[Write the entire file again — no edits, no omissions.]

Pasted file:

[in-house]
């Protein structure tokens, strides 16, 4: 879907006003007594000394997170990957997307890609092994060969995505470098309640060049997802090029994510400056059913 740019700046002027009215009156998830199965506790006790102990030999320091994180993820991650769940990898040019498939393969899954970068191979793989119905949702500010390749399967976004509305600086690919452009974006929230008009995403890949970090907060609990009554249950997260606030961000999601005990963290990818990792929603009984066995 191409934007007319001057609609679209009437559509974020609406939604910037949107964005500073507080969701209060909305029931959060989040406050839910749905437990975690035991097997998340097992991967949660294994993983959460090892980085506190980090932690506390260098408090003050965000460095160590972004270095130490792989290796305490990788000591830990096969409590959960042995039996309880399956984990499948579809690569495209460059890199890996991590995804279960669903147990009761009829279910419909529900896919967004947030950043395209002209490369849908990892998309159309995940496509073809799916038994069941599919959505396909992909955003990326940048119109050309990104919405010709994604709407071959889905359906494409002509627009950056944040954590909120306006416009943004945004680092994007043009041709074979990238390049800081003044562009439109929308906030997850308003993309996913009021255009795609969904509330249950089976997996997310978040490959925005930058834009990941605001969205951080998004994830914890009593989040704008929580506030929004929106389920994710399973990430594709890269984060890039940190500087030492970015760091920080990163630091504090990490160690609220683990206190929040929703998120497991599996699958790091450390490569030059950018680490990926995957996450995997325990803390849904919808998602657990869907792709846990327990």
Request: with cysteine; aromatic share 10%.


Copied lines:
[in-house]
């Protein structure tokens, strides 16, 4: 879907006003007594000394997170990957997307890609092994060969995505470098309640060049997802090029994510400056059913 740019700046002027009215009156998830199965506790006790102990030999320091994180993820991650769940990898040019498939393969899954970068191979793989119905949702500010390749399967976004509305600086690919452009974006929230008009995403890949970090907060609990009554249950997260606030961000999601005990963290990818990792929603009984066995 191409934007007319001057609609679209009437559509974020609406939604910037949107964005500073507080969701209060909305029931959060989040406050839910749905437990975690035991097997998340097992991967949660294994993983959460090892980085506190980090932690506390260098408090003050965000460095160590972004270095130490792989290796305490990788000591830990096969409590959960042995039996309880399956984990499948579809690569495209460059890199890996991590995804279960669903147990009761009829279910419909529900896919967004947030950043395209002209490369849908990892998309159309995940496509073809799916038994069941599919959505396909992909955003990326940048119109050309990104919405010709994604709407071959889905359906494409002509627009950056944040954590909120306006416009943004945004680092994007043009041709074979990238390049800081003044562009439109929308906030997850308003993309996913009021255009795609969904509330249950089976997996997310978040490959925005930058834009990941605001969205951080998004994830914890009593989040704008929580506030929004929106389920994710399973990430594709890269984060890039940190500087030492970015760091920080990163630091504090990490160690609220683990206190929040929703998120497991599996699958790091450390490569030059950018680490990926995957996450995997325990803390849904919808998602657990869907792709846990327990």
Request: with cysteine; aromatic share 10%.